Writing Pysanky


Finishing Pysanky

Were pysanky emptied or left full?

Traditional pysanky created for talismanic reasons – as opposed to decorative ones – were made using full, fertilized eggs, and these eggs were never emptied. It was the entire egg, including yolk and white, which was felt to have magical properties.  Removing the white and yolk, or even using unfertilized eggs, would have been unthinkable.

The egg contents, when left alone, dried up over time.  The water within would evaporate through the shell, and all that would be left wold be a small, hard lump; sometimes it would cling to the eggshell, other times it would break free and roll around inside like a pebble in a rattle.

Even had they wanted to empty the pysanky, it may have been difficult to do so. Although the eggs were not purposely cooked, an inattentive pysankarka might leave them in the oven a bit too long when heating them to remove the wax.  In this case, the white might cook slightly, just enough to prevent its removal, at least through a small hole.  

Some pysankarky even wrote pysanky on baked eggs – these were called “pecharky.”  Baking the eggs preserved the contents and did not affect the dye-ability of the shell, unlike boiling them would.  Baked eggs were also lees prone to leaking and spoiling.

Pysanka collectors and conservators in Ukraine, when preserving traditional pysanky, often crack the egg open, physically remove the contents, and then reinforce the shell and glue it back together.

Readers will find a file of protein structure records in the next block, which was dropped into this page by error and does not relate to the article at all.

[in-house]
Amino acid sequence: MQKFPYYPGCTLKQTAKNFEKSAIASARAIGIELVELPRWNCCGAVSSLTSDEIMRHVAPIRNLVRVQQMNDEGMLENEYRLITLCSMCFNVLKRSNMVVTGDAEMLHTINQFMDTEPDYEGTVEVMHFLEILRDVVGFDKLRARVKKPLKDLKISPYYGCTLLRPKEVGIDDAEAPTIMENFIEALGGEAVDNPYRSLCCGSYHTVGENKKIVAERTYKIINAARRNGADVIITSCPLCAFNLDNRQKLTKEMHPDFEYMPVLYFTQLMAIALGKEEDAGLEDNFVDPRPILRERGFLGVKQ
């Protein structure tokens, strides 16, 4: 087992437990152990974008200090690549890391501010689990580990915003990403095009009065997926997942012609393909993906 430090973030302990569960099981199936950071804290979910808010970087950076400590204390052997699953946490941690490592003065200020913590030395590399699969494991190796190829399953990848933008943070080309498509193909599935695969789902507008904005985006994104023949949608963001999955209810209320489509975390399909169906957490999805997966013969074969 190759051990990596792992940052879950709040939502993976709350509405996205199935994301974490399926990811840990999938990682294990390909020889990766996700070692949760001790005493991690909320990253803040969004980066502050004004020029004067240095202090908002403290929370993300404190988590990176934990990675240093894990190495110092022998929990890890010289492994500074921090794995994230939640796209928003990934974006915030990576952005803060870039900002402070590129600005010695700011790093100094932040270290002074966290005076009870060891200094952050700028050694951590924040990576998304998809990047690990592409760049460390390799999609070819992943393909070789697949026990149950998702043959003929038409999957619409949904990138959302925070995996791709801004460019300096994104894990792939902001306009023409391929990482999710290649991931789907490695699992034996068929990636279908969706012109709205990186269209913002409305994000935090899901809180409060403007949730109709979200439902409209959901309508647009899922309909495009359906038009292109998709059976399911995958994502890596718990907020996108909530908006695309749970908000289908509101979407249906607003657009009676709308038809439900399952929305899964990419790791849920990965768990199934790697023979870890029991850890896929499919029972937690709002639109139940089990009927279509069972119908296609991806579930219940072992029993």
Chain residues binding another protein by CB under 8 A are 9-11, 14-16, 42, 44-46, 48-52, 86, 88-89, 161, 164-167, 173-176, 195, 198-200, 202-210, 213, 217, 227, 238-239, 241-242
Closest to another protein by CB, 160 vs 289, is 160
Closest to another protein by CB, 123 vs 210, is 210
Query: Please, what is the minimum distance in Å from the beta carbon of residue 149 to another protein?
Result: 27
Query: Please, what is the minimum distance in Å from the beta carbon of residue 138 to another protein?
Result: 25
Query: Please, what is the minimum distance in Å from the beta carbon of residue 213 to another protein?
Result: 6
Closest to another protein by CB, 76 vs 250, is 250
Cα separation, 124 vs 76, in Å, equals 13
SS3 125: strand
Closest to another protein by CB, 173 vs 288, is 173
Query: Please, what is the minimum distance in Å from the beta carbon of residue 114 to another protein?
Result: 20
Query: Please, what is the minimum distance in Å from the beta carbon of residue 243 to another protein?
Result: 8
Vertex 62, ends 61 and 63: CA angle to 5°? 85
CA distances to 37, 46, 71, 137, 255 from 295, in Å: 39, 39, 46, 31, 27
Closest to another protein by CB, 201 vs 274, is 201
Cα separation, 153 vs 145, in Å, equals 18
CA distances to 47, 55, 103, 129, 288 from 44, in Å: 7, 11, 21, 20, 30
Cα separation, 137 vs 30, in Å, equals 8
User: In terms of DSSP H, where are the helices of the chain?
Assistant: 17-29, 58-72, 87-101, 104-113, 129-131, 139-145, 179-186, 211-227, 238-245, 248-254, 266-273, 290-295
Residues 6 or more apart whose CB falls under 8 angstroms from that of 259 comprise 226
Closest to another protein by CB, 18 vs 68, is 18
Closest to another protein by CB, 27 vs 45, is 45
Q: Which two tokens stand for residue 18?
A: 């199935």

Were pysanky varnished?

No. Varnishing pysanky is a relatively recent innovation (20th century).  In earlier times, a pysankarka might rub some pork or duck fat on a pysanka to make it gleam, but would not have thought to varnish it. 

Varnishing only became common once pysanky ceased being talismanic objects, and became art objects.  Pysanky written for talismanic reasons were re-created annually, so there was no good reason to preserve them from year to year.

How were pysanky displayed?

Pysanky which weren’t used in a ritual manner (hung in stables or bee hives, placed in coffins or near graves, put into newly plowed fields) were usually displayed in the home, often near the icons.  Each house would usually have at least one pair of icons in a corner (these would be the wedding icons), and the pysanky would usually  be kept either in a bowl near them.

In some parts of Ukraine, pysanky would be turned into birds and hung, suspended from the ceiling, near the icons. A bird’s head would be made of wax or bread dough, and wings and tail feathers of folded paper attached. These “doves” were suspended before icons in commemoration of the birth of Christ, when a dove came down from heaven and soared over the child Jesus.

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